Part of my ongoing (since 1988) "Work Party" series.
In much of my work over the last 25 years, I've concentrated on the interplay of objects in contrived, artificially-lit interior settings. This stems from projects I had developed for undergraduate painting classes, in which I sought to teach students how to 'see' with their eyes and not with their brains. For example, a student sees a chair, and renders all four legs squarely on a horizontal floor, regardless of whether or not they are actually all on the same plane… or even visible, for that matter. In a "color" example, a student sees a still life setup with a white drape in it, and invariably starts out with gobs of white paint in order to render the "white" of the drape. Of course, the white drape is anything but white… it may actually be a middle gray value, tinged with either reflected or ambient light.
In order to illustrate this to students, I began setting-up very elaborate still life arrangements, suspending objects from the ceiling with fishing line, in order to remove their "functional" objecthood, and forcing students to consider these objects solely on the basis of their spatial relationships with each other. Then, by adding theatrical lighting and colored gels, I was able to literally 'change' the color of objects, which forced the students to learn how to 'see' the objects' color relative to the rest of the artificially-colored arrangement. At the start of these exercises, I would frequently do a quick paint sketch, in order to further illustrate the concept.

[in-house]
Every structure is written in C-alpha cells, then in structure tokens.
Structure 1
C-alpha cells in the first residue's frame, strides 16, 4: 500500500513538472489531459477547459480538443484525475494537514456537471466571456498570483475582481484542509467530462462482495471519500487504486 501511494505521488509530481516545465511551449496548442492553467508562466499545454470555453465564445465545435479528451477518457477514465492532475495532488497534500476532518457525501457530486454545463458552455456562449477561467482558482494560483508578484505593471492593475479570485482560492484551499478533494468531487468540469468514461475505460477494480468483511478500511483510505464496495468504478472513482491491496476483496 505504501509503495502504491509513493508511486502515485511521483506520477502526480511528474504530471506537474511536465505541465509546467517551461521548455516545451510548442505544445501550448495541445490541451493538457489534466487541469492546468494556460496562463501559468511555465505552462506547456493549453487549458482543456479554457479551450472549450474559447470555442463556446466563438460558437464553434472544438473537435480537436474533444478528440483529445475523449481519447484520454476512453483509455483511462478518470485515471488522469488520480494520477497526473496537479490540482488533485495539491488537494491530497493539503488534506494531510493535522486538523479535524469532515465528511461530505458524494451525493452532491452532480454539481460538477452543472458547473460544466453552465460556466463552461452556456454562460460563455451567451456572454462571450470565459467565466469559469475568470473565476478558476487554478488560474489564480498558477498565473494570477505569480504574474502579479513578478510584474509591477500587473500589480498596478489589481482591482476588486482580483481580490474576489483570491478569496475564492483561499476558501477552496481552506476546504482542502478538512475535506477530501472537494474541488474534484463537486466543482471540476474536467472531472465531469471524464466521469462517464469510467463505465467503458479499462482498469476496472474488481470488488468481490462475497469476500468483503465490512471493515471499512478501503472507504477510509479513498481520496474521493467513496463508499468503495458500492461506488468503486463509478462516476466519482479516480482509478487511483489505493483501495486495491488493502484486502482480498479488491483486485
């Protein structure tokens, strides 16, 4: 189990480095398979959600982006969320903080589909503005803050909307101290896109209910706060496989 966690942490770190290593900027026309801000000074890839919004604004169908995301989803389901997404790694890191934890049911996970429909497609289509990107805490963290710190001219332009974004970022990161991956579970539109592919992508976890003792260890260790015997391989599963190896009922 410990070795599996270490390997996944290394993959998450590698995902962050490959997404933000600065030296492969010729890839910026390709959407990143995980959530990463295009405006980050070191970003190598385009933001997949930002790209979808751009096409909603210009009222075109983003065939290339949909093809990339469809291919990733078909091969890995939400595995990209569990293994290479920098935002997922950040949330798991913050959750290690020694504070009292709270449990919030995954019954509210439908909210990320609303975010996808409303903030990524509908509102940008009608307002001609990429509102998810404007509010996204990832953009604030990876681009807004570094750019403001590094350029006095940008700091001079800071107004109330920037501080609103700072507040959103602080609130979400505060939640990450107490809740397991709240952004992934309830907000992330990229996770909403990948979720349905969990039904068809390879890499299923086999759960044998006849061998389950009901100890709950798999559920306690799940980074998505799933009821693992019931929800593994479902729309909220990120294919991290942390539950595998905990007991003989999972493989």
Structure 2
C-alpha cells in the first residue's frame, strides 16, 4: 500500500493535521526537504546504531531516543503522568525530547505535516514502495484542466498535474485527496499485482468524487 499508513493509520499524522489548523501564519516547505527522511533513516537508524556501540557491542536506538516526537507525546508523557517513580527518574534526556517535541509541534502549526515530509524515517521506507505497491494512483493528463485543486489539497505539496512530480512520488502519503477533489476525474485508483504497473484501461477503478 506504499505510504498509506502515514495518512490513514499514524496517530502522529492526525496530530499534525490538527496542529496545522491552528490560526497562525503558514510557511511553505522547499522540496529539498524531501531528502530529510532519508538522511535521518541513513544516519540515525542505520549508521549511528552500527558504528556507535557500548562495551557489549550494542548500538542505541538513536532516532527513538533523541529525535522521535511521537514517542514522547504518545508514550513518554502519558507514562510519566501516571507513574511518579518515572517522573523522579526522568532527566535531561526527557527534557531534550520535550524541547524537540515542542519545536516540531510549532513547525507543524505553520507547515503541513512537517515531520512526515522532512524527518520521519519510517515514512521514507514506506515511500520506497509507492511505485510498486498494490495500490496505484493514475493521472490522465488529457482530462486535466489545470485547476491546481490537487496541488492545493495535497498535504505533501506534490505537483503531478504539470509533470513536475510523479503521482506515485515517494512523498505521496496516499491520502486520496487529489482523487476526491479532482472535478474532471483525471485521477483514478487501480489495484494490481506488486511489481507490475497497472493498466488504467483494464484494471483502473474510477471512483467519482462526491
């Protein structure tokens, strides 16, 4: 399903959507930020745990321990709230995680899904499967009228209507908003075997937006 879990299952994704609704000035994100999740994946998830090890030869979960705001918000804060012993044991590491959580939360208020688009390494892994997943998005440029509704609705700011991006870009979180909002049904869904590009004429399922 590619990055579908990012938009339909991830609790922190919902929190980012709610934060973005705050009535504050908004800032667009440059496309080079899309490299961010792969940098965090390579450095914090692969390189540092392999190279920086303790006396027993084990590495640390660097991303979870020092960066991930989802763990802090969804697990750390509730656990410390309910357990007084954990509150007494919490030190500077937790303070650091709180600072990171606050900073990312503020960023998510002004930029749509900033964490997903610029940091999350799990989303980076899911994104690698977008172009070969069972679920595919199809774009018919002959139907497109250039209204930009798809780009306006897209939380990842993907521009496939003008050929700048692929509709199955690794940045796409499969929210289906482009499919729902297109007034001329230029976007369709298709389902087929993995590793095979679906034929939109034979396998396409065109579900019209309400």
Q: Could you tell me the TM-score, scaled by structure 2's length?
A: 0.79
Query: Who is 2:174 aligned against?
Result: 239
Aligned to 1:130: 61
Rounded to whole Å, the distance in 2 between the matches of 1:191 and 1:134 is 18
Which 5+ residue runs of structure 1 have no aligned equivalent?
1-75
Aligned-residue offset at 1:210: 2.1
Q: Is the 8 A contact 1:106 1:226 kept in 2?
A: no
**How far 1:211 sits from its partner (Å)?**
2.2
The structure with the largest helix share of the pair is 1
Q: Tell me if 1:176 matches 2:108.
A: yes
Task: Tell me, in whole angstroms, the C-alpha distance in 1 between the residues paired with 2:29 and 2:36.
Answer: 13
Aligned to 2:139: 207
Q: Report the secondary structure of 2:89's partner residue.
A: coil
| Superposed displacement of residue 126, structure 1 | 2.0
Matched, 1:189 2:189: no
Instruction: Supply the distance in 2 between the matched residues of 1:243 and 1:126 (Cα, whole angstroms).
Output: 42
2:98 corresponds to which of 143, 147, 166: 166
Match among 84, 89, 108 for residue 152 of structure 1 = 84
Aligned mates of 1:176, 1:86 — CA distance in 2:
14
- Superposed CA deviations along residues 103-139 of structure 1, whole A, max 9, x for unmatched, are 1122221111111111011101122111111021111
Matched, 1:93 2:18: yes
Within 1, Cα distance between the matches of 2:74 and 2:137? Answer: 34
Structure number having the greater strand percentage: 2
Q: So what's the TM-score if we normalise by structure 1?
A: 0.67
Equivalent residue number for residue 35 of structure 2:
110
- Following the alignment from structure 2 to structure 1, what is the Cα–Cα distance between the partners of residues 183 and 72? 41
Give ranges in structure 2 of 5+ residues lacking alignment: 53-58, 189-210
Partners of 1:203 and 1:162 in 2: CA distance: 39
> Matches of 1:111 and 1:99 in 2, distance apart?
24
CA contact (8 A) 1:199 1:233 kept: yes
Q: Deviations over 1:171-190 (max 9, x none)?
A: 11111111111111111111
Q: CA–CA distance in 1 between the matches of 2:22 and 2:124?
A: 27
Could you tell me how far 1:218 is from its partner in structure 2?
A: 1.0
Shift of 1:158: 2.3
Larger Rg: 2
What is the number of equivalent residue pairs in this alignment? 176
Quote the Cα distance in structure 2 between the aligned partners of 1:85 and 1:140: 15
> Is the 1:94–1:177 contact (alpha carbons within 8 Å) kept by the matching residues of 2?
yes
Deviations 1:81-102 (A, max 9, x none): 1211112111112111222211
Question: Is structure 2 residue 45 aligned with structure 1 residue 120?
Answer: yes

Over time, I became so interested in this process that I began utilizing it within my own work, first utilizing models in elaborately-constructed, colorfully-lit environments, and later, taking the same approach and focusing primarily on smaller-scale still life arrangements.
For these paintings, I like the juxtaposition of playful objects — primarily balloons and antique toys collected over the years — against utilitarian objects such as hand tools. I will frequently include sharp objects such as blades or broken glass, and the entire composition will typically be lit using one or more colored lights, throwing intense, high-chroma color against deep shadows. I try to find a balance between achieving a 'realistic' rendering and allowing the physicality of the paint - and the 'process' of painting — to remain visible.